novel architecturale



Ur-Ottopia House     2303
    Maison Dom-ino
    Wall House 2
    Gooding House

Maison Millennium 001   2304
    Maison Dom-ino
    Composition Three
    Palais des Congrès stage set
    Olivetti Headquarters
    Wall House 2

Palace of Ottopia   2305
    Palazzo Massimo
    Wall House 2

Lauf Haus der Kunst   2306
    Altes Museum
    Museum for Nordrhein Westfalen

Schizophrenic Folds   2307
    St. Peter's Square
    Altes Museum
    Palais des Congrès

Infringement Complex   2308
    Capital Park West

House for Otto 3   2309

House for Otto 4   2310
    Wagner House

House for Otto 5   2311

House for Otto 6   2312

House for Otto 7   2313

House for Otto 8   2314

Philadelphia DTM  

Inside the Density of G. B. Piranesi's Ichnographia Campus Martius   3811b

1999.02.06 18:44
Re: notes from a reading of the Timepiece of Humanity
Freud is especially metabolic in his Civilization and its Discontents.

abstract done
...a prime example of the proverbial "two sides to every story."
e2566a e2567a e2568 e2569 e274a e2749c e2909a e2918a e3084 e3102

21st century buildings
I was just thinking tonight how I seem to have the ability to think about (design) what the next big "style" will be well before it actually happens, and along those lines I thought one easy way to figure out what's going to be next is to look at the late work Le Corbusier and then take it a step further. I immediately thought of the Olivetti project and these wild curvy, wiggly office towers, and even then crashing them together. Moreover, the way that Olivetti is on a raised "terrain", I thought of easily creating a "terrain" out of pieces of the Media base model, and then having that raised on pilotis. The imaginative designs on this theme alone are boundless.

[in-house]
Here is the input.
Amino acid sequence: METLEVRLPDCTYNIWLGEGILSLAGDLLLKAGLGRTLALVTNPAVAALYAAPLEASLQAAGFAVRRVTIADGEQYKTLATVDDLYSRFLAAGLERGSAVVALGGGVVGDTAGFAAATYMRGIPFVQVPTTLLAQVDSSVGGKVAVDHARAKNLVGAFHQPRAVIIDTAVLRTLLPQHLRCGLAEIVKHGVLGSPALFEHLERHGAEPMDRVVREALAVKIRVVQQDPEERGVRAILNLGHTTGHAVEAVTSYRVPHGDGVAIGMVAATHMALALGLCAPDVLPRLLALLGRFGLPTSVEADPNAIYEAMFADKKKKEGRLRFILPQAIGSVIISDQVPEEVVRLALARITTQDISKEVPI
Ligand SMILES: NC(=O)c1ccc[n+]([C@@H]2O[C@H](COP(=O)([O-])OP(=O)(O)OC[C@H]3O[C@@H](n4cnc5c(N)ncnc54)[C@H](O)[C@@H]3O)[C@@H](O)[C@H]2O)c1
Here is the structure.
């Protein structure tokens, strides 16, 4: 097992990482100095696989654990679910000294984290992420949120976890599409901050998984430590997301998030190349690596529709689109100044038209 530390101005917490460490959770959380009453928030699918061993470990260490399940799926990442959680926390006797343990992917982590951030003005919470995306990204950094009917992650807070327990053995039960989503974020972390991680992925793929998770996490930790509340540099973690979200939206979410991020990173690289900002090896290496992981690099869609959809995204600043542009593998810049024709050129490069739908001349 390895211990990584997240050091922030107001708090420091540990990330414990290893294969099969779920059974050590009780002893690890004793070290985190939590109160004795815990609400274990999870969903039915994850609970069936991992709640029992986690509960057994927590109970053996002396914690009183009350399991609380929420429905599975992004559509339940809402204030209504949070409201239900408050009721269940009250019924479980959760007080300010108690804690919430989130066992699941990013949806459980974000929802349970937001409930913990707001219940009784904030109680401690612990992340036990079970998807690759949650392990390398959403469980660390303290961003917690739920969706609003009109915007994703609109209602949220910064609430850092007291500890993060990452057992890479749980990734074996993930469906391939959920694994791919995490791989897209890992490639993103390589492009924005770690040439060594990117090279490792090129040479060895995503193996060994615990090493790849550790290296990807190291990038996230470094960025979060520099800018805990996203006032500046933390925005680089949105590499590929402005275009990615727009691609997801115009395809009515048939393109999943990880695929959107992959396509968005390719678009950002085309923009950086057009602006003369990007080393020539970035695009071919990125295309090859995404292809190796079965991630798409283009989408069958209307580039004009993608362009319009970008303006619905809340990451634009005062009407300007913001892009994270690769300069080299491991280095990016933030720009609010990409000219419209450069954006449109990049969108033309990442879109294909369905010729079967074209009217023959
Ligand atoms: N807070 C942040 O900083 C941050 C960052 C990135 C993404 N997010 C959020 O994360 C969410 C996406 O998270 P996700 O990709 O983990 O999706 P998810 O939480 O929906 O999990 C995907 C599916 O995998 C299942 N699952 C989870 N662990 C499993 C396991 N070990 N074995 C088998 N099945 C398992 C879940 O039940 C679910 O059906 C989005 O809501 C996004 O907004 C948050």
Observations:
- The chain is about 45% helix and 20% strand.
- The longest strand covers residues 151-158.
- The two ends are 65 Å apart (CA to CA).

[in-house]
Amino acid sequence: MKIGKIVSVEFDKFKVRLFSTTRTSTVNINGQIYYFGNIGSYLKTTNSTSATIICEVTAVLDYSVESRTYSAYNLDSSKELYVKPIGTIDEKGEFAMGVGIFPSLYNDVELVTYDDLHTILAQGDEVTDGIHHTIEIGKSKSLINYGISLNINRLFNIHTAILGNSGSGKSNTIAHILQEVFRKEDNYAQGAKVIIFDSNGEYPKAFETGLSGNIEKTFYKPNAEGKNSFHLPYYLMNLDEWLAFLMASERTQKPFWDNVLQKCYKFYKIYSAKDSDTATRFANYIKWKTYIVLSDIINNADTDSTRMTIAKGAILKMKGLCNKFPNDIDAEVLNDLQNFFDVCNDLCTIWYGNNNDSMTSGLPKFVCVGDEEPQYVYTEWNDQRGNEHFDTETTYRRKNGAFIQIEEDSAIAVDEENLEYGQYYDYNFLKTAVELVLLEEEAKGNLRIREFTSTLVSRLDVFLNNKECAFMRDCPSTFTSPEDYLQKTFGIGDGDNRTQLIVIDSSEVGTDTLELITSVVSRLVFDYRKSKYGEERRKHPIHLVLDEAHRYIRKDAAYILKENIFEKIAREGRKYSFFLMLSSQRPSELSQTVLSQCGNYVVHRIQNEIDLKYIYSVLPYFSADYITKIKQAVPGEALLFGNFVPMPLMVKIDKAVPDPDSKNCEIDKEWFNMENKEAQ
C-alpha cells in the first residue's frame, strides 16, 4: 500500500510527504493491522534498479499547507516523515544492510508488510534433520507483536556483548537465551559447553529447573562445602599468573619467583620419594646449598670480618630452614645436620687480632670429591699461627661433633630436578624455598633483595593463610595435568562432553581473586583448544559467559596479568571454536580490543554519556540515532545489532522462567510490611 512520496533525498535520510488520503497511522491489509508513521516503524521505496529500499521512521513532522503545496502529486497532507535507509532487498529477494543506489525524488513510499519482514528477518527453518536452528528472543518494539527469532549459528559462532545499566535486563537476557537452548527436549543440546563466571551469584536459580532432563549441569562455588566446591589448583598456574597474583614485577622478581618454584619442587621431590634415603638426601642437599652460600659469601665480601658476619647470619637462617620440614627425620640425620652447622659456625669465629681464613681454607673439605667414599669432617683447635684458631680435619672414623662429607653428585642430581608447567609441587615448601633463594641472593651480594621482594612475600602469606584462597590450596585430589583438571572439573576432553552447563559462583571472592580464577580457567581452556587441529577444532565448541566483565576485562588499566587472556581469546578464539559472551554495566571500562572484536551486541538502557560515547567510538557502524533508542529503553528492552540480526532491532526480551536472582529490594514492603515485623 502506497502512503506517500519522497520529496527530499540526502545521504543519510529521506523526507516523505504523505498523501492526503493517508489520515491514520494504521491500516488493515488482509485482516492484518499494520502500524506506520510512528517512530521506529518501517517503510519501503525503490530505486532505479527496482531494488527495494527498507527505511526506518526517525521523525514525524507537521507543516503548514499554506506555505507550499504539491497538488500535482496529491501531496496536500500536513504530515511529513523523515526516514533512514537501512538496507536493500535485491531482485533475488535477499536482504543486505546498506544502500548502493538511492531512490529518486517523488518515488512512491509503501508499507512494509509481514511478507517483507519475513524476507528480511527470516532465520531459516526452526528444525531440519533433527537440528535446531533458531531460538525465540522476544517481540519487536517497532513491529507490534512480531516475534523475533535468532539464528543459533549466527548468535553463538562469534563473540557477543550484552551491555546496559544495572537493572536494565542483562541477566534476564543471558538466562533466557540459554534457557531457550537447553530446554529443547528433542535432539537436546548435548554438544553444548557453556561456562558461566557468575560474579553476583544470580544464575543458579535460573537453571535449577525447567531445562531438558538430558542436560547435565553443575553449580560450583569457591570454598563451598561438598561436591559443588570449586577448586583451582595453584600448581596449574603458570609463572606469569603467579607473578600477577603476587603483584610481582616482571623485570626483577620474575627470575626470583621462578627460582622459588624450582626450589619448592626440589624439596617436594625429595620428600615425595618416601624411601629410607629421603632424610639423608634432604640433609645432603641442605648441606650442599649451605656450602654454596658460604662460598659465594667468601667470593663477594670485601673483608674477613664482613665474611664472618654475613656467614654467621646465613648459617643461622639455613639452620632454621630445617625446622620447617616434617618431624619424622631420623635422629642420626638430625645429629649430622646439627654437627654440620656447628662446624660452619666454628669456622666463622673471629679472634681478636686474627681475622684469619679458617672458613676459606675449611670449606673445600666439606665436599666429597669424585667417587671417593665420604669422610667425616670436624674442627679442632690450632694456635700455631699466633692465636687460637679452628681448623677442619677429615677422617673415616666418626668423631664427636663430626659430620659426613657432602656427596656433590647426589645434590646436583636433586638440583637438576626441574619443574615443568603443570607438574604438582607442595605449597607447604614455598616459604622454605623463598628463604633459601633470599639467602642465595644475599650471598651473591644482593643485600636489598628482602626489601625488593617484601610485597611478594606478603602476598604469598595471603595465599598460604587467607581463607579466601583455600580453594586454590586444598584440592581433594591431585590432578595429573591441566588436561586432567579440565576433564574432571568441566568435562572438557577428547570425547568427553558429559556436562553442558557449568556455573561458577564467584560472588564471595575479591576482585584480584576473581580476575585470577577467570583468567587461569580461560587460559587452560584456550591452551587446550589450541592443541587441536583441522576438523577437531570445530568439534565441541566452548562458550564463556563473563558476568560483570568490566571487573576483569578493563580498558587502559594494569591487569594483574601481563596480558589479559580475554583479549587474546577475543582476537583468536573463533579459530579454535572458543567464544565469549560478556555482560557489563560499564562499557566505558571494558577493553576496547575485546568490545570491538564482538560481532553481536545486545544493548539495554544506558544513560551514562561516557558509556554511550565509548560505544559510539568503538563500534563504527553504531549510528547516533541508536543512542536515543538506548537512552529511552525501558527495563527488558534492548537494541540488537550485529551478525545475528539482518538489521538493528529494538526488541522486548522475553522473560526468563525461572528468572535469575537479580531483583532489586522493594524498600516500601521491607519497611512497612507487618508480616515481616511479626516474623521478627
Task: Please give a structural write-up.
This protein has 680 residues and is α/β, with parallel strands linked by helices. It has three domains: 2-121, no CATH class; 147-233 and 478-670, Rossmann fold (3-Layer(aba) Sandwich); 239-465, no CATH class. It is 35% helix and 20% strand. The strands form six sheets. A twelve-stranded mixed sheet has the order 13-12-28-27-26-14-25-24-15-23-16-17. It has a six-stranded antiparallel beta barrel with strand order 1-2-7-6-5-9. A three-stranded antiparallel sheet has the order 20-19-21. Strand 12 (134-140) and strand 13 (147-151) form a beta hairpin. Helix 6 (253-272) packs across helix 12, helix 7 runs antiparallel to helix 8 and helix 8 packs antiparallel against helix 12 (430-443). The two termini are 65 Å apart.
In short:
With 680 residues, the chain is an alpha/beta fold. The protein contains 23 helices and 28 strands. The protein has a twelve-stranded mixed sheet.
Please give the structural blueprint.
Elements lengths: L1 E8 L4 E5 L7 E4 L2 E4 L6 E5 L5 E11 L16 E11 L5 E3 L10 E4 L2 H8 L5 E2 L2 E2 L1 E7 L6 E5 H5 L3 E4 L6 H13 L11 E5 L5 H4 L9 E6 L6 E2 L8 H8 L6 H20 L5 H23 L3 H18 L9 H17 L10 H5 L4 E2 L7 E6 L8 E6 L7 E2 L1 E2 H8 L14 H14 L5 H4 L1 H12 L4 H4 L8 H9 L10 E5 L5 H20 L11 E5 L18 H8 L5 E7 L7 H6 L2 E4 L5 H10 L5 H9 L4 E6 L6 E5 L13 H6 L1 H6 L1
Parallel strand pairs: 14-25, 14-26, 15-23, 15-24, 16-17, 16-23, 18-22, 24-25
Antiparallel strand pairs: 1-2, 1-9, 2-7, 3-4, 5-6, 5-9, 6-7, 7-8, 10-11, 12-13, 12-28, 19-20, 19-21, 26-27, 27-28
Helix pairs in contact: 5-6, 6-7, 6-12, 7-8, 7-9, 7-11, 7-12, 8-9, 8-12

I next thought how Quondam could (should?) in 2000(+) exclusively present 21st century buildings, i.e., buildings designed within the first days, weeks, months, year of the 21st century -- of course, these buildings will be entirely my design--"History is largely controlled by those who write it."

an alter-ego for Quondam
...utilizes the same collection and themes as Quondam, but nonetheless affords Quondam a "place" to be much more liberal, uninhibited...

cutting-edge design
...address the recent topological approach to architecture as well. The only ideas I have so far involve a combination of digital terrain and existing models and Corbusian principles. I also have the idea of applying existing perspective details and even composite opaque surfaces to any variety of building model surfaces.
...other new ways to generate weird geometries:
1. use solid rotate, but not using the normal polar axis of rotation -- I suspect that angled axes will create very weird latticed geometrics, and if the rotated line segment is also angled, then the produced variety of shapes is all the more infinite.
2. use solid extrude, but again not using the line of extrusion in a strict polar fashion. Moreover, the original lines being extruded do not have to be on the same flat plane either.
3. begin to exaggeratingly distort my existing models, e.g., spread them out far and wide to create whole new terrains (upon which to place new buildings and/or environments). Of course, playing with (reducing) the z factor will also come into play.
4. extrude and rotate wireframes that are already in 3d -- this may prove to be completely ground-breaking, and even revolutionary.
With these four new ideas alone, I have substantially increased the notion of Quondam's infinite collection as well as substantially increased my capacity to create very formally inventive designs -- models I didn't even think were possible for me to produce before.
I'm already thinking that Quondam begins 2000 with an exhibit entitled "an infinite collection", and all I have to do is display one new collection of forms after another. I'm also thinking that this new breed of model formation and manipulation is how I create Ottopia in 3d.